Together, they flee to the Seven Dwarfs (all played by Tom Kenny and John DiMaggio) home. Witches and trolls led by The Ice Queen attack them. The Seven Dwarfs hold off the trolls, while they flee with the help of Rick who had stolen a flying broom. Frieda decides to go after Ella herself. She succeeds in capturing Ella and returns to the palace, with Rick, Munk and Mambo in pursuit. Frieda tortures Ella because if the story had run its course she would have married the prince while Frieda would get nothing. Rick, Munk, and Mambo slip into the castle and attack Frieda. After a short battle, Rick takes a blast meant for Ella and falls into a deep sleep. Frieda then creates a portal by accident. Ella knocks Frieda back, causing her to fall into the portal. With Frieda gone, Rick awakes from the spell, prompting Ella to kiss him joyfully. When Rick asks why she didn't want a prince, Ella says she knew all along she was in love with him, and that he is a prince in her eyes. He soon asks for her hand in marriage.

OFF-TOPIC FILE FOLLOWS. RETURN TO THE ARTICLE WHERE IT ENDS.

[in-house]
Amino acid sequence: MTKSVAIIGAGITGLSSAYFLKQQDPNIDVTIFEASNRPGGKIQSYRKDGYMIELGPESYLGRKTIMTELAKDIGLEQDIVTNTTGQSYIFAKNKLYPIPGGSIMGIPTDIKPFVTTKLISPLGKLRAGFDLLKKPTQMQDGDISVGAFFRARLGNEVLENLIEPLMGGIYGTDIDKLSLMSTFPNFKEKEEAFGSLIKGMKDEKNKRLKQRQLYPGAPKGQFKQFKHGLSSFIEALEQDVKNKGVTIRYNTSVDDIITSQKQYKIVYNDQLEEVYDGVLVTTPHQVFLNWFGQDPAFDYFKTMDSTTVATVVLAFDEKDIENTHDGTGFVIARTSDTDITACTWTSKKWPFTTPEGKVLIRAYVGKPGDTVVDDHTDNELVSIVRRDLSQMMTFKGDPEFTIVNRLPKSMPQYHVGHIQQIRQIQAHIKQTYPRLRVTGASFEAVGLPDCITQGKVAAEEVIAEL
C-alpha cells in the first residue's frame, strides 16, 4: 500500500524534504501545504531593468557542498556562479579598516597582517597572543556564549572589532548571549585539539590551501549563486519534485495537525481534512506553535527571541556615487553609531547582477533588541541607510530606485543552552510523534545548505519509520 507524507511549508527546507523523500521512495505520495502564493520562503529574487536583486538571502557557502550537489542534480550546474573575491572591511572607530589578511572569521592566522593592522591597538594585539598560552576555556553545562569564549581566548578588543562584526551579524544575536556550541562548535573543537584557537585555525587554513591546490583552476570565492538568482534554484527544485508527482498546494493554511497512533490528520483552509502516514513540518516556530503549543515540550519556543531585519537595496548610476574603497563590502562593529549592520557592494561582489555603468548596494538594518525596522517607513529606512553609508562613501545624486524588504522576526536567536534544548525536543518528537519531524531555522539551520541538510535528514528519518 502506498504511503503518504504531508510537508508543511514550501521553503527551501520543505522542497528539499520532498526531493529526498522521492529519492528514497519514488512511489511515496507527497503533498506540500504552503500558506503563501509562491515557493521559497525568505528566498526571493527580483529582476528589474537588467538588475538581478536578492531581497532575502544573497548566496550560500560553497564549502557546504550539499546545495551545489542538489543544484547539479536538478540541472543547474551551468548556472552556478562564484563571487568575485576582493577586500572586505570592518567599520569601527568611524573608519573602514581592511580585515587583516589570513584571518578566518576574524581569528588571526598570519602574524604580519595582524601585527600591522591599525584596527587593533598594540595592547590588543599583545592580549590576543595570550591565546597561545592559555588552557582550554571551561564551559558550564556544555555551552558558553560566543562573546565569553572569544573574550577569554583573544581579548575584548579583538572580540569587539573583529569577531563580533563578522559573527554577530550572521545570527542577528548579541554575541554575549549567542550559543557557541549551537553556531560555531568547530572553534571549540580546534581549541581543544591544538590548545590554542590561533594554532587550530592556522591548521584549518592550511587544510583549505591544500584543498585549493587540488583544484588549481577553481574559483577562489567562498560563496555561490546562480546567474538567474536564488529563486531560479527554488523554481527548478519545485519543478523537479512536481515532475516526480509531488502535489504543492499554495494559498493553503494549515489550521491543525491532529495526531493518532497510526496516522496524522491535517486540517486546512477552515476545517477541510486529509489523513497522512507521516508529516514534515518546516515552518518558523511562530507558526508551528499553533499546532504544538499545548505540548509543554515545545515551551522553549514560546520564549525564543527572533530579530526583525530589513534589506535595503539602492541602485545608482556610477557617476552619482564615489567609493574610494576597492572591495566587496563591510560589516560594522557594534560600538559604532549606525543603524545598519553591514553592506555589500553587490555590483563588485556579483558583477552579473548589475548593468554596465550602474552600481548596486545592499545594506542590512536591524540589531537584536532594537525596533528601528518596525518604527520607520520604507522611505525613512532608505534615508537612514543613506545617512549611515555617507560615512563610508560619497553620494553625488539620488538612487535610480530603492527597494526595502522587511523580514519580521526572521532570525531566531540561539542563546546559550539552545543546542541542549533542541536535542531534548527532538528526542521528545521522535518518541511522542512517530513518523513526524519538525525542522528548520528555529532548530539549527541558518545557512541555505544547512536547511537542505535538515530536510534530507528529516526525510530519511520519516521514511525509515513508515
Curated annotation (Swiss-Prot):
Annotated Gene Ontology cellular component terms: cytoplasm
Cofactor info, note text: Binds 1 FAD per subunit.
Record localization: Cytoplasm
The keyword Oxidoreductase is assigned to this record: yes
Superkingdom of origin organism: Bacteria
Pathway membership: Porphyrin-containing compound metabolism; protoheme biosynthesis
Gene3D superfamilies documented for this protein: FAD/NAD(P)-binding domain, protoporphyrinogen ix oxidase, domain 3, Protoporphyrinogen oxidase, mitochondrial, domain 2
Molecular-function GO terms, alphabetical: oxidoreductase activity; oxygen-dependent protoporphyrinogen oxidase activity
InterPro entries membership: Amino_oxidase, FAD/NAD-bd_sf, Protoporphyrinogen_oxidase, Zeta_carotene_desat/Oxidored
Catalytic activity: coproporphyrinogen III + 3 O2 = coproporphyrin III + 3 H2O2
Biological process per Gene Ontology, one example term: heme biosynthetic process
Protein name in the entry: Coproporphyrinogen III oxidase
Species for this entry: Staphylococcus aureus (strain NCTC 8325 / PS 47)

Cinderella and Rick eventually get married, deciding to choose their own destinies in a world of happy endings. Their wedding is celebrated throughout the kingdom, and later, following their coranation, King Rick and Queen Ella share a kiss under a full moon lit by fireworks, happy to finally be able to spend their lives together. Rumpelstiltskin has shown throughout the movie that he has come to care for the baby and the miller's daughter lets him stay in the castle as the baby's nanny. The Wizard returns from vacation completely oblivious to the events while he was away.

In the final scene, Frieda is shown trapped in the Antarctic surrounded by nosey elephant seals.

CastEdit

  • Sarah Michelle Gellar as Ella, a beautiful scullery maid from the tale "Cinderella" and the protagonist of the film. She was formerly in love with the Prince but later realized that her true love is her friend Rick.
  • Freddie Prinze, Jr. as Rick, a stressed out servant who works for the prince and finds him as a grand annoyance. He has a peculiar crush on Ella, enchanted by her beauty but wondering what she sees in the prince at all.